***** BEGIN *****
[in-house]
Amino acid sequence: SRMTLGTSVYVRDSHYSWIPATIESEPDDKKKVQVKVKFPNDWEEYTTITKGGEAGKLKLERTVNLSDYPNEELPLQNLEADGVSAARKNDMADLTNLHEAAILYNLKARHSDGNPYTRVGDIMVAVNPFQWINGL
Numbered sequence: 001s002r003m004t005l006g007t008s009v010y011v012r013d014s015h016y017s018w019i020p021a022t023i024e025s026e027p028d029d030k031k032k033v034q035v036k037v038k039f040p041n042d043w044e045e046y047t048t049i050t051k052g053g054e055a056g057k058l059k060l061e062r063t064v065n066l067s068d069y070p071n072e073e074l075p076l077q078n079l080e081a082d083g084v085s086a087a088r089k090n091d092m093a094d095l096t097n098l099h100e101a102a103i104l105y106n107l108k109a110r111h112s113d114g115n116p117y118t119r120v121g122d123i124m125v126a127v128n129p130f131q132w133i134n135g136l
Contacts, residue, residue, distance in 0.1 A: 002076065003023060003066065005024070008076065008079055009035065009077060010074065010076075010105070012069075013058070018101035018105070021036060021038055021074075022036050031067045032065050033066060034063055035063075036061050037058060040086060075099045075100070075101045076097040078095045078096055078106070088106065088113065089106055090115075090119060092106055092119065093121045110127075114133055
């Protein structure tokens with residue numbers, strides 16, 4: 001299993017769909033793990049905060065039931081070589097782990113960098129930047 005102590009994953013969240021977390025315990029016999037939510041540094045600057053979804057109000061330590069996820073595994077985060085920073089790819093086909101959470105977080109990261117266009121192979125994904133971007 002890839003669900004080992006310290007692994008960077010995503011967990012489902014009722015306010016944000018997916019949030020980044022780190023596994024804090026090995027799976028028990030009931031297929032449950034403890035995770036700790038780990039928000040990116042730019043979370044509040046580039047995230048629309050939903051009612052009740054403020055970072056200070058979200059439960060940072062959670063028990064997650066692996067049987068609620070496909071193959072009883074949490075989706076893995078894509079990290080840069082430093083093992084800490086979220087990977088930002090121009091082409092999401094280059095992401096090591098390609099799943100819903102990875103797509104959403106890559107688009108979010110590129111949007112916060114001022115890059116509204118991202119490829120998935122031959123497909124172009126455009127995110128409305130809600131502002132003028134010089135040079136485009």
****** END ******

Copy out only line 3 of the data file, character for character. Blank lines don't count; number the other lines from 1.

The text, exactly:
Numbered sequence: 001s002r003m004t005l006g007t008s009v010y011v012r013d014s015h016y017s018w019i020p021a022t023i024e025s026e027p028d029d030k031k032k033v034q035v036k037v038k039f040p041n042d043w044e045e046y047t048t049i050t051k052g053g054e055a056g057k058l059k060l061e062r063t064v065n066l067s068d069y070p071n072e073e074l075p076l077q078n079l080e081a082d083g084v085s086a087a088r089k090n091d092m093a094d095l096t097n098l099h100e101a102a103i104l105y106n107l108k109a110r111h112s113d114g115n116p117y118t119r120v121g122d123i124m125v126a127v128n129p130f131q132w133i134n135g136l